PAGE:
Alzheimer's disease groups have attacked draft guidance from the NHS medicines watchdog restricting access to certain drugs.
NICE says the drugs will benefit about 40% of people with Alzheimer's
Donepezil, rivastigmine and galantamine would be provided on the NHS, but only when patients have reached a moderate stage of the condition.
The National Institute for Health and Clinical Excellence has said it will issue its final guidance in July.
Campaigners expressed disappointment NICE has not altered its views.
They said hundreds of thousands of people with dementia would be forced to wait for their condition to deteriorate into "confusion and fear" before they could get the treatments.
Neil Hunt of the Action on Alzheimer's Drugs Alliance, which represents over 30 charities and professional organisations, said: "This decision is outrageous.
"It will rob families of precious time in the early stages of dementia and deprive people of comfort and dignity in the final stages of their illness."
The drugs, which campaigners estimate cost £2.50 per day per patient, improve memory and can make daily living tasks easier.
NICE guidance in 2001 said the drugs should be used as standard.
But in July last year, NICE said access should be restricted because they were not good value for money.
Its latest proposals are subject to an appeal period until June 15, during which organisations can appeal against the guidance.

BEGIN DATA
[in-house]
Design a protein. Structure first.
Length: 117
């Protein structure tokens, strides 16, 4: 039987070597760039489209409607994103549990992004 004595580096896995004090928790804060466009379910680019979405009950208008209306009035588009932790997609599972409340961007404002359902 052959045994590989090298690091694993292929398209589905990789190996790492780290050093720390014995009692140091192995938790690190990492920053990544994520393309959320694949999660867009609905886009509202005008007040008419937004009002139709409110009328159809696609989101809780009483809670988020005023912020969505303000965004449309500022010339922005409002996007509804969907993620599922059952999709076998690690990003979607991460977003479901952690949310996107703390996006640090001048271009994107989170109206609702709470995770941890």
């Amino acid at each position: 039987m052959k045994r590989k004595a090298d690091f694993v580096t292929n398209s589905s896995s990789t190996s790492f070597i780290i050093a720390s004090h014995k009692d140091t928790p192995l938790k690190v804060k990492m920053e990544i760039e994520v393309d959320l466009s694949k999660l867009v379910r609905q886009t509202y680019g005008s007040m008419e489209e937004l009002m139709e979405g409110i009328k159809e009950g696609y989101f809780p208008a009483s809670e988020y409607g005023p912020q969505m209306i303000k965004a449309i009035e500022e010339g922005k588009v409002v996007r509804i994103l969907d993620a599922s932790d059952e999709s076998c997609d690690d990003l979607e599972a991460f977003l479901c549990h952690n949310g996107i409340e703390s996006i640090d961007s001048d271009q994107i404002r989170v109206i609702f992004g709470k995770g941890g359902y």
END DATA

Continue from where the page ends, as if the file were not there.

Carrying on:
The final guidance will only apply to newly diagnosed patients.
Those already taking the drugs will continue to do so.
But Professor Clive Ballard, of the Alzheimer's Society, said that under NICE's recommendations: "Doctors will also be forced into the impossible position of watching patients deteriorate before they prescribe drugs they know will help.
"For what other condition would you wait until people decline so much they can no longer look after themselves before giving them treatment?
"You would not wait till someone is suicidal before giving them an antidepressant."
Professor Ballard said withdrawing treatments when people entered the severe stages of dementia, would leave them to rely on "dangerous and unlicensed sedatives" as the only alternative.
There was an outcry last March when NICE suggested that the drugs should not be funded by the NHS because they were not cost-effective.
The manufacturers were asked to produce further data - and NICE changed its position after looking at the new evidence.
NICE said that making the drugs available to people in the moderate stages of Alzheimer's will still benefit about 40% of those with the condition.
Patients' status would be determined by how they perform in a test called the Mini-Mental State Examination, or MMSE.
Although NICE guidelines cover England and Wales, the health bodies in Scotland often follow suit.